Sri Lanka’s Sustainable Energy Authority calls for EOIs for 90 solar-assisted EV charging stations.
Daily FT: The Sri Lanka Sustainable Energy Authority (SLSEA) has called for Expression of Interest (EOIs) from firms to establish solar-assisted charging stations, to boost electric mobility presenting several opportunities to overcome the ongoing energy crisis.
The authority expects to set up at least 10 charging stations per province, located by the side of the “A” grade roads or highways with a minimum capacity of 100 KW solar plants to charge at least three vehicles at once. The solar plants must be connected to the grid as per the existing tariff structures. The tariff system for grid connection and users should be according to the Public Utilities Commission of Sri Lanka (PUSCL).
Electric vehicles are one of the promising technologies that could reduce fossil fuel-based emissions and extensively reduce the fuel bill for Sri Lanka as a country 100% dependent on imports. However, the country’s EV fleet at present is below 5,000 whereas the majority are with a range of fewer than 200 km.
“There is a lack of charging stations in remote areas, which induces range anxiety. This is one of the key reasons why the mobility of the electric vehicles is curtailed – especially given the aging of batteries in most of the vehicle models available in the country,” a SLSEA official told the Daily FT based on anonymity.
It was pointed out that electric vehicles can be charged during off-peak times, which is advantageous to utilities and those automobiles can also be used to power houses in power outages.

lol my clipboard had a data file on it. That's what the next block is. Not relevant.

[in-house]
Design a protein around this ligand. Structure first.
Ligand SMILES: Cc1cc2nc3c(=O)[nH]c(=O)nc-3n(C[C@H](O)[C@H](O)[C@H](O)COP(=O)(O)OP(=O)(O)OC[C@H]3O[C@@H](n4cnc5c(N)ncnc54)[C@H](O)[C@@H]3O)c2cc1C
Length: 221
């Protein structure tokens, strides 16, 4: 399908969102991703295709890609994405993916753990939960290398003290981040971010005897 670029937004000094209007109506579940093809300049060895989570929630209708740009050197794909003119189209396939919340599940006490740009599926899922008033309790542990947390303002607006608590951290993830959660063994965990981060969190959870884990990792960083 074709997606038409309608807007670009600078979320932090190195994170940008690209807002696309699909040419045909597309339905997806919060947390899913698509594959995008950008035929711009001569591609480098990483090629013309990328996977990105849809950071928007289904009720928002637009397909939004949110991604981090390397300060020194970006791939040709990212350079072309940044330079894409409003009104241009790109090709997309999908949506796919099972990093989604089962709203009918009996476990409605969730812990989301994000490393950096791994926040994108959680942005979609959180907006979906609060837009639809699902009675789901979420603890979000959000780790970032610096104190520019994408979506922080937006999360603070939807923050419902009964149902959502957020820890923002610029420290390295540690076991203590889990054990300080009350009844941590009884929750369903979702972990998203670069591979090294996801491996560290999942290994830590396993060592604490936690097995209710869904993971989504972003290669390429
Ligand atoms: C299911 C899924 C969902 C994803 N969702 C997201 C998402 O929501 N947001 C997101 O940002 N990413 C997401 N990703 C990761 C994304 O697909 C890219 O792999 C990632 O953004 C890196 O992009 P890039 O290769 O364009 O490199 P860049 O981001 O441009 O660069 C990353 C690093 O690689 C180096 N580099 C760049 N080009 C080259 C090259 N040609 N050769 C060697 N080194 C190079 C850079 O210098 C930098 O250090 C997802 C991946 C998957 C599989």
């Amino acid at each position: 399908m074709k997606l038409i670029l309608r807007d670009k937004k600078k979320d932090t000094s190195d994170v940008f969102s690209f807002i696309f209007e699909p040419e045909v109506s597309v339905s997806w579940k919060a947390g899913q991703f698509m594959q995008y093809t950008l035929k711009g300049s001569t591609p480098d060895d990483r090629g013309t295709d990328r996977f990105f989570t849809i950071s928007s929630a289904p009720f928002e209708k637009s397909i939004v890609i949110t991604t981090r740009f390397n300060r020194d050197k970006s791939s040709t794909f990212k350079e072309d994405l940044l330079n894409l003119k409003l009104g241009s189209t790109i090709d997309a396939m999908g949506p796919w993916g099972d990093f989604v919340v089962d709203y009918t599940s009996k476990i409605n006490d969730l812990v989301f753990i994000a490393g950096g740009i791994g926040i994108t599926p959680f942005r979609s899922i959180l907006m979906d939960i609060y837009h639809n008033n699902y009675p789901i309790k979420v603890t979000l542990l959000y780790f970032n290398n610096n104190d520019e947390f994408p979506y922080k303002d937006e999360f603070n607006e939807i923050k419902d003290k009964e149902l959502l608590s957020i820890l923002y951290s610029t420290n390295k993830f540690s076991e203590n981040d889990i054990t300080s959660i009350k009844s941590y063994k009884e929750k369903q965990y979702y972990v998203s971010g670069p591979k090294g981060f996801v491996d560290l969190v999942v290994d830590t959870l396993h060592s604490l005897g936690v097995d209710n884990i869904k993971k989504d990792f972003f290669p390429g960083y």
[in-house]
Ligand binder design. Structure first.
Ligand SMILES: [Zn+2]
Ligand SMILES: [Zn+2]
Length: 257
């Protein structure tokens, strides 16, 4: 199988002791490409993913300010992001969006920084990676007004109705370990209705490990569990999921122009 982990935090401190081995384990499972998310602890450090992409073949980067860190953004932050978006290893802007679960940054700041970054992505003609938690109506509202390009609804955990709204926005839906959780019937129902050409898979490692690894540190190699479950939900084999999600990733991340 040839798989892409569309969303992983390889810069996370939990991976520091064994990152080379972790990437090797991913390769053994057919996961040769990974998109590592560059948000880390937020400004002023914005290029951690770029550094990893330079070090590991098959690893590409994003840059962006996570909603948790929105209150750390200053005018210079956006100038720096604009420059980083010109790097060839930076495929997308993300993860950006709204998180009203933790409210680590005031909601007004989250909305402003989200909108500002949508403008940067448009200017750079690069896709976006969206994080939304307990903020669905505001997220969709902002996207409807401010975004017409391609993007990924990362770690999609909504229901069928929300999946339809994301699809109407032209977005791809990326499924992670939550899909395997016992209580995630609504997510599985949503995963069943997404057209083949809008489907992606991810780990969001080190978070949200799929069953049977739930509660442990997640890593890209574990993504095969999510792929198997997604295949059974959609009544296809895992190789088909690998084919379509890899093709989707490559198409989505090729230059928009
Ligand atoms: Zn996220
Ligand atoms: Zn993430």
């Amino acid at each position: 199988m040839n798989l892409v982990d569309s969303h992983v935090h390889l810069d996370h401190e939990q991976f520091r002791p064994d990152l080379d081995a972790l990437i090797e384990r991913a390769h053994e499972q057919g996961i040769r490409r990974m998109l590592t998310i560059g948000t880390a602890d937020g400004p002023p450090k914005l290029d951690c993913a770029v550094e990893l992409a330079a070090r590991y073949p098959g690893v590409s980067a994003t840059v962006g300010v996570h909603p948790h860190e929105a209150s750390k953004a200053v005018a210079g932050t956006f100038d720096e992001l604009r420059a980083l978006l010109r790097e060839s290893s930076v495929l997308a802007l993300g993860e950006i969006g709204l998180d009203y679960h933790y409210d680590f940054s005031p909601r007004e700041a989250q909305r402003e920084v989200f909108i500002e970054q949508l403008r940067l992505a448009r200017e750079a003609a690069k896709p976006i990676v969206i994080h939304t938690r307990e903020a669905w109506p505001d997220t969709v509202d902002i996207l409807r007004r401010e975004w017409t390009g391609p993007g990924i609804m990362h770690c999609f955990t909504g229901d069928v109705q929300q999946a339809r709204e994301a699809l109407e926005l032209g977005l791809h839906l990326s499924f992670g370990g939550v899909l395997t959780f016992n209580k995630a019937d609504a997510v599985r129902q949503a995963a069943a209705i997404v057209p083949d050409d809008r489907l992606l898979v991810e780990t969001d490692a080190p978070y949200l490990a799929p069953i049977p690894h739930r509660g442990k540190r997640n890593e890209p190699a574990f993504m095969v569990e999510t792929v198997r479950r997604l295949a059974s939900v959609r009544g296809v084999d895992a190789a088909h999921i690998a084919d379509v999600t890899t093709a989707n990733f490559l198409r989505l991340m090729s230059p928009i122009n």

The prospective firms should be financially viable and must conduct a present and future demand analysis. Single solar-assisted charging stations should be set up on a minimum of 40 perch land and the facility should be equipped with applicable gear for light vehicles, bikes and three-wheelers, as per the latest guidelines issued by the PUCSL.
The SLSEA will assist with the grid connection issues of the developers with the utilities, whilst also
mediating appropriately to obtain locally made charging equipment and liaising with the Finance Ministry for reducing the tax for imported equipment related to the projects.
Currently, one-third of Sri Lanka’s primary energy is for transport fuels, which are all imported and the shift towards electric vehicles could significantly reduce this dependence, the SLSEA said.
Sri Lanka’s power and energy sectors have become hotspots for business/investment opportunities with the ongoing power and energy crises in the country. Given the current challenges and the expanding economic activities, the government of Sri Lanka is focused on promoting sustainable power and energy options. This has opened a host of new business/investment opportunities for foreign businesses/investors exploring opportunities in Sri Lanka. The local businesses engaged in the power and energy sectors have posted a continuous growth momentum and recorded profits indicating the growing business potential in these two sectors. Given the continously growing demand for power and energy in Sri Lanka, engaging with these sectors would provide lucrative business opportunities to foreign businesses/investors. They could also look at forming partnerships or joint ventures with local businesses to expand operations.
|Article Code :||VBS/AT/09082022/X_5|